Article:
The following morning I received a call from the concierge at our Varenna hotel confirming that we still wished to cancel. Are you ready? There was no current problem with the tunnel. The programme we had watched was a restrospective of a 2001 disaster in the Gotthard Road Tunnel. 
Oh, just shoot me! Remind me not to watch German TV again. Jim and I had now committed and paid for four additional nights in Switzerland. Luigi, who to this day I love, kindly agreed to cancel our reservation without penalty as long as we promised to stay at their hotel on any future visit to Varenna. I promise. Luigi’s parting advice? Senora Lockett, please come from the south next time. 😂

How does that proverb go? There is no greater fraud than a promise not kept. And so this September we head off for a northern Italy adventure, keeping one promise to ourselves and one to Luigi.

Saturday, 14 July 2018


Oooo, do you ever experience that instant sharp ache in the centre of your forehead when you eat too much ice cream or gulp an icy drink too quickly? Me, too, but that is not the deep freeze of which I write today. Nor am I describing our endless past winter or the highly preferred state of my jaw at the dentist.

For most of this past year, I have suffered from a deep freeze of the brain. 

Hey, you don’t have to so unanimously agree.  ðŸ˜ē  ‘Writer’s block’ may be a kinder, gentler way of referring to my sorry state.  Let’s go with that, okay? Writing, for me, is and always has been therapeutic. Truthfully, I write for no one but myself. Surprisingly, absence of my blog and my writing has been mentioned numerous times of late. Well, maybe twice!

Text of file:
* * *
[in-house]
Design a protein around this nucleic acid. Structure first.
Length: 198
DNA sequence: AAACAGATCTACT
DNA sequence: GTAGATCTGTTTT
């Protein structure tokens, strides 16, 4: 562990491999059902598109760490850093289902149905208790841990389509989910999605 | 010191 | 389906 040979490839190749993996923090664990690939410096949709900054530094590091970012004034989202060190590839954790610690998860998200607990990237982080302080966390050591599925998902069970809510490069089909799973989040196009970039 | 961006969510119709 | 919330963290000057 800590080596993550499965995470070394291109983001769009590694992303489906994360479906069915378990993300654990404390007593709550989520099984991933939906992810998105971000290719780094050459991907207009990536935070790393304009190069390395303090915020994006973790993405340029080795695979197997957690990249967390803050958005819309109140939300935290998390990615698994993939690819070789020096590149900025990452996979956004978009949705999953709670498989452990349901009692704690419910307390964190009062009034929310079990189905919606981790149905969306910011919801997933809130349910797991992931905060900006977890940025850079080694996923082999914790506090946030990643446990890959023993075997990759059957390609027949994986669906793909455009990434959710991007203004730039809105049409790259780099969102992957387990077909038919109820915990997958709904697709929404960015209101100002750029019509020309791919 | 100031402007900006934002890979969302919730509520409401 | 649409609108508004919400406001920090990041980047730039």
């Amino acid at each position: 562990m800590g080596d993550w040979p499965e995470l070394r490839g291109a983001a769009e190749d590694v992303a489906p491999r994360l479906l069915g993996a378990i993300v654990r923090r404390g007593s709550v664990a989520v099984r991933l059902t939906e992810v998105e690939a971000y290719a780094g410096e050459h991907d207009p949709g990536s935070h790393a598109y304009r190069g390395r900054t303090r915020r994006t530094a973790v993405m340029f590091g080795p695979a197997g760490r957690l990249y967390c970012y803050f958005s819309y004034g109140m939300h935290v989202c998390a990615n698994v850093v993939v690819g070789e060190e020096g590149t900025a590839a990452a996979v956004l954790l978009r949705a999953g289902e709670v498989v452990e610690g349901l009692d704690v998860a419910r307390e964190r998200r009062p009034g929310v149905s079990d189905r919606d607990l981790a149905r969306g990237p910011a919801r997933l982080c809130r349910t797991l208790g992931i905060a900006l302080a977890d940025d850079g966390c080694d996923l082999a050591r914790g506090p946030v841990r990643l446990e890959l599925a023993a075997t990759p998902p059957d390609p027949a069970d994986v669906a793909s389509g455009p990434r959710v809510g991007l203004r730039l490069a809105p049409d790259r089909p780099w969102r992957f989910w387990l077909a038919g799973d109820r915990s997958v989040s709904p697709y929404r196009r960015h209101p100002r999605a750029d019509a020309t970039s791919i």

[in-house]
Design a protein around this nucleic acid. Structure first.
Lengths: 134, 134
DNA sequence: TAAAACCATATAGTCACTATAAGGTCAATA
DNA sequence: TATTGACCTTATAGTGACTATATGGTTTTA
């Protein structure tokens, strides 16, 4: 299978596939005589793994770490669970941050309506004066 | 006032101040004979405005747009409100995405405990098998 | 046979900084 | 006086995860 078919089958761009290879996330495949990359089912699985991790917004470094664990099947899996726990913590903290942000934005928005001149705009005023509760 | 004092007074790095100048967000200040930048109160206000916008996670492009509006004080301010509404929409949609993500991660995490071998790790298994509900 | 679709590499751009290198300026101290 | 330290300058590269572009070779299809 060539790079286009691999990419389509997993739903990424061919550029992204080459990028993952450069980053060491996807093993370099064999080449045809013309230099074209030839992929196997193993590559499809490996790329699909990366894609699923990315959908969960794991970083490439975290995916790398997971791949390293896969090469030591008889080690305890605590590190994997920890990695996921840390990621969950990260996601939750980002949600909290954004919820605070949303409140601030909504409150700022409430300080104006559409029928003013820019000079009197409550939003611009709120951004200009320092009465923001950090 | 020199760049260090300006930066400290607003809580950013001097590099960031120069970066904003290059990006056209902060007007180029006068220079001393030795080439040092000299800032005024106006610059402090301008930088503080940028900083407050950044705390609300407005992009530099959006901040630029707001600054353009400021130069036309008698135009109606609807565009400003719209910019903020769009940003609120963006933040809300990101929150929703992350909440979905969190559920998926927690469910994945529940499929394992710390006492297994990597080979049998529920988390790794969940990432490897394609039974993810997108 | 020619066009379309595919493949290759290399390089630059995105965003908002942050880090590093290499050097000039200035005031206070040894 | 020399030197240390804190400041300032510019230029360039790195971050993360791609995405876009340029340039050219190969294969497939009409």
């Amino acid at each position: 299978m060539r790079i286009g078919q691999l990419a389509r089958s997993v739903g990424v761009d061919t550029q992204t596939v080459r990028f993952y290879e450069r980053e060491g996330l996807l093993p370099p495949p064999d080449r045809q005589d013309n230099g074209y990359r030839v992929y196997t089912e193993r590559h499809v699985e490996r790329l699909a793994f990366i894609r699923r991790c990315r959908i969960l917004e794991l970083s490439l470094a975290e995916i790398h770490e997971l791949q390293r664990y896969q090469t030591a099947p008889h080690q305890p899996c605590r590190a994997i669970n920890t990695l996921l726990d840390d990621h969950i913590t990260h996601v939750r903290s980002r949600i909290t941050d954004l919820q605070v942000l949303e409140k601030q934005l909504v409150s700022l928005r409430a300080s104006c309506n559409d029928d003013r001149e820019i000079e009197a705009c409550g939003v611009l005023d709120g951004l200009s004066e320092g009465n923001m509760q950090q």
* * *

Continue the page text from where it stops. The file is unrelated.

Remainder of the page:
At first I blamed my lack of writing on an updated bloggers programme which plagued me with no end of headaches. The solution to that problem was just too easy for it to be the cause of my brain freeze.  I simply had to ask for assistance from my 10-year old grandson, Zachary. Problem solved!

At over seventy years old, I fretted that my brain was suffering from its own old age issues. Shudder! How I dread that day. Or could the one and only medication I take (more about that at a future date) possibly be slowing my thought patterns down. Please no!

At long last, I looked in the mirror; I was honest with myself. In my heart I know that the state of our current world, most particularly our neighbour to the south and sadly, our own country, at times, got the better of me. I have been overwhelmed with worry, anger, fury, negative thoughts and even hate. Attempting to channel that emotional turmoil into words stopped me in my tracks. And for the few who do read my blog, dear god, you do not need additional negative thoughts. 

Like “the Grinch’s heart grew three sizes that day”, my brain freeze began to thaw today. Guess what? There is no urgent need for me to comment on the current state of our world....well, not always.....I can leave that to investigative journalists and those far more talented than me at expressing their emotions in words. My ‘writing therapy’ can henceforth return to jotting down thoughts and keeping family and friends up-to-date on our retirement. 

Whoopee!! Brain freeze over!